I also created a “NAS” VM on the server. I’m not running an actual NAS distribution, though I thought about loading FreeNAS. Instead, it’s just the same basic installation of Ubuntu server I’ve used for all my VMs with software to perform whatever NAS duties are necessary. The only non-NAS utility I put on is dhcpd. I envisioned myself at some point in the future getting angry at me for setting a static IP on an entirely different subnet; making it a PITA to get in to should my setup change. Since the NAS is basically being plugged directly into an ethernet port, attaching dhcpd to that interface seemed like the best compromise. I can configure it to offer a single IP to the single device it will ever talk to in its lonely existence while maintaining DHCP ability for whatever network I need.
The NAS VM also has the most number of used network interfaces of any of the VMs at three. eth0 is attached to my physical lan, eth1 is attached to the Seagate on a 10.0.0.0/24 network, and eth2 is attached to an internal Xen network on 10.1.1.0/24. I planned on having other VMs make use of “remote” storage, so giving them an internal static network seemed like a good idea.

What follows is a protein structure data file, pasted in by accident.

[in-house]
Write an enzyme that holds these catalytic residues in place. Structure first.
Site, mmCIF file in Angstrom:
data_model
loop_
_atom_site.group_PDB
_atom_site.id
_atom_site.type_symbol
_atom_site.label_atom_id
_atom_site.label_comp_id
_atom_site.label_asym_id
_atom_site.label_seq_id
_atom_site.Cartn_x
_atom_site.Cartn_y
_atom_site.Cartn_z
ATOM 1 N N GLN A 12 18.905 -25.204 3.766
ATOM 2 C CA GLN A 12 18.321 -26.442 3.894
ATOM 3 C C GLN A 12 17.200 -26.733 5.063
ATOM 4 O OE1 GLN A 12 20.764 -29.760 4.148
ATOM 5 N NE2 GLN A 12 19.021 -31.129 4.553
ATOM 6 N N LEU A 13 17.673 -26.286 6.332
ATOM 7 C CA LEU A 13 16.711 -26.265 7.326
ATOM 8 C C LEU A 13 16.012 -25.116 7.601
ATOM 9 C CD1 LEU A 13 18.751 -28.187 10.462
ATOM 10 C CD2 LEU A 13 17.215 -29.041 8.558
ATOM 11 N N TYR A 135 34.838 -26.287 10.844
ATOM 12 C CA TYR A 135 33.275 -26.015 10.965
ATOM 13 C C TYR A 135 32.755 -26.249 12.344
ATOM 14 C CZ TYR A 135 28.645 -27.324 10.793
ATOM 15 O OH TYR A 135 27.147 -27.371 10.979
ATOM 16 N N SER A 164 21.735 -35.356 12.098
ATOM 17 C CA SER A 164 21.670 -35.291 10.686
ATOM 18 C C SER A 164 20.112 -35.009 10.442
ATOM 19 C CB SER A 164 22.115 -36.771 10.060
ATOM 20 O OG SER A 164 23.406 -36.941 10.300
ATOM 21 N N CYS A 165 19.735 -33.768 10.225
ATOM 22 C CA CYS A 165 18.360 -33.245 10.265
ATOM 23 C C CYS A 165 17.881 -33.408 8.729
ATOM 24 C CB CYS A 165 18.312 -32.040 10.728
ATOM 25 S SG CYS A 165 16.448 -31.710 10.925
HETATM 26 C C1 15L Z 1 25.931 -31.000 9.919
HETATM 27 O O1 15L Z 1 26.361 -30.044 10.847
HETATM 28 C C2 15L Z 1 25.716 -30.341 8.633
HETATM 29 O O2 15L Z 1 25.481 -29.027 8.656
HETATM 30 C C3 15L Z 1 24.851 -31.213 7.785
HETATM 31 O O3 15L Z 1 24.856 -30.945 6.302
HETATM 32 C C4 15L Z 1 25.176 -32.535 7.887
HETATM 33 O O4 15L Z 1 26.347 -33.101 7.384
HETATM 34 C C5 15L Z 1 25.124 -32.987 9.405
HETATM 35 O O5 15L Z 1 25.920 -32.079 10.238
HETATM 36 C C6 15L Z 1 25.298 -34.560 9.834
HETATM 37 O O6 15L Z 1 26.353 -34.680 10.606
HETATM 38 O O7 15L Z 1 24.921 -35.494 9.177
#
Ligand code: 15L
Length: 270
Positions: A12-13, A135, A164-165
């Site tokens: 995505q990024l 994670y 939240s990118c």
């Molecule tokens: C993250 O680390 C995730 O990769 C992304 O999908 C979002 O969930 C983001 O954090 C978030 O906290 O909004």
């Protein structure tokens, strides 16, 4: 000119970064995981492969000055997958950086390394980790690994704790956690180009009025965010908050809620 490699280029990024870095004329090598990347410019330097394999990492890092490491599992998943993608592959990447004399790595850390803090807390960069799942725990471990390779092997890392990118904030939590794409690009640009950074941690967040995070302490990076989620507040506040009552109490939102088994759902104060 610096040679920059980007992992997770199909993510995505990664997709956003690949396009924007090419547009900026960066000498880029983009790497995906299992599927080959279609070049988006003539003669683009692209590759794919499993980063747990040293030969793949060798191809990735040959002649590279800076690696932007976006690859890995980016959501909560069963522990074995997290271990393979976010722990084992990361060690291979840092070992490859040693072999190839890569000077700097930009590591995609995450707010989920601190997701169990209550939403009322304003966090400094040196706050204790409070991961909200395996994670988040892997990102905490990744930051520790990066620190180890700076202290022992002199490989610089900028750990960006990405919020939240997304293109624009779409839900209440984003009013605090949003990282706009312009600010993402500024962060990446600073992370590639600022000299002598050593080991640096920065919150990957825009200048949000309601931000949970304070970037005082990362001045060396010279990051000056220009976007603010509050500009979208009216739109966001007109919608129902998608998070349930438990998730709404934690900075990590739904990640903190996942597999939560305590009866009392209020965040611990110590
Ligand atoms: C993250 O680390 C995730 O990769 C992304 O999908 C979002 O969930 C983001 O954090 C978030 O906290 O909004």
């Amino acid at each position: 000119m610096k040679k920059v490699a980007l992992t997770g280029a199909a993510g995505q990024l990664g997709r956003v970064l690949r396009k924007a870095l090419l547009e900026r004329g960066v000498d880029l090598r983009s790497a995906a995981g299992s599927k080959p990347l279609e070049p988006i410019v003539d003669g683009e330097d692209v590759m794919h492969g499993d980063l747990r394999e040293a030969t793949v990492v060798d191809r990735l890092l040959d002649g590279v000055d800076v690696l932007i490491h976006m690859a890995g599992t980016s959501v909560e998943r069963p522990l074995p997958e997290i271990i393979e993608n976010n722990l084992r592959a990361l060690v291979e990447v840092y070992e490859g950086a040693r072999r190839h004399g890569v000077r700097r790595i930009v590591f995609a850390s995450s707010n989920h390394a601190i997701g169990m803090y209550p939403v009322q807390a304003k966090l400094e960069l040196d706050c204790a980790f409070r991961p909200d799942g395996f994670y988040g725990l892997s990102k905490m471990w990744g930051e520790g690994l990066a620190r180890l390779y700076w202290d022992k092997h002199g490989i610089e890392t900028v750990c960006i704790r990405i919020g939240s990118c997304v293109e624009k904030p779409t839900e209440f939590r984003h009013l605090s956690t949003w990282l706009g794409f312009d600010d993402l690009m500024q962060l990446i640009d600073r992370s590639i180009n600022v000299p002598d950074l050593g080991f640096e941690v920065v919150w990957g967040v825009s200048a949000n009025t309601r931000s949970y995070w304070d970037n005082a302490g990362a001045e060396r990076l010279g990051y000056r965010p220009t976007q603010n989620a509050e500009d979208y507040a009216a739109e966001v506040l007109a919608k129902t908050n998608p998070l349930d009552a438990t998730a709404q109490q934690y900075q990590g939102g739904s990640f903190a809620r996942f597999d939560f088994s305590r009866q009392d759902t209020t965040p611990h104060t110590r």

My original un-educated idea was to set the now hacked Seagate appliance up as an iSCSI target, set up a VM to act as a nas with the iscsi initator, and then just share the iscsi mount since it would appear as a regular drive. The problem is the drive performance apparently really sucks in this configuration.
So I went with my next idea. I removed all the stuff I did to make an iSCSI volume and reconfigured the thing to work as an NFS mount. I knew that in most cases NFS to NFS between two Linux machines was a hell of a lot faster than SMB; so this was the logical choice on this path. From the VM doing NAS duty, I would just configure a share in Samba for where the NFS share is mounted.
It works, at least up to this point. Speeds are not great; though I’ll admit I don’t remember how bad writing data was as I rarely did it all in one go. The read speeds were a little slower than before; but they’re actually a lot more stable. Transfers tend to level out around 64 to 72 MB/s and stay there. Now I could have figured out a way to attach the Seagate up to the internal Xen network and have all the VMs access it that way; in fact there’s a chance that’s probably a hell of a lot more efficient and something I’ll do.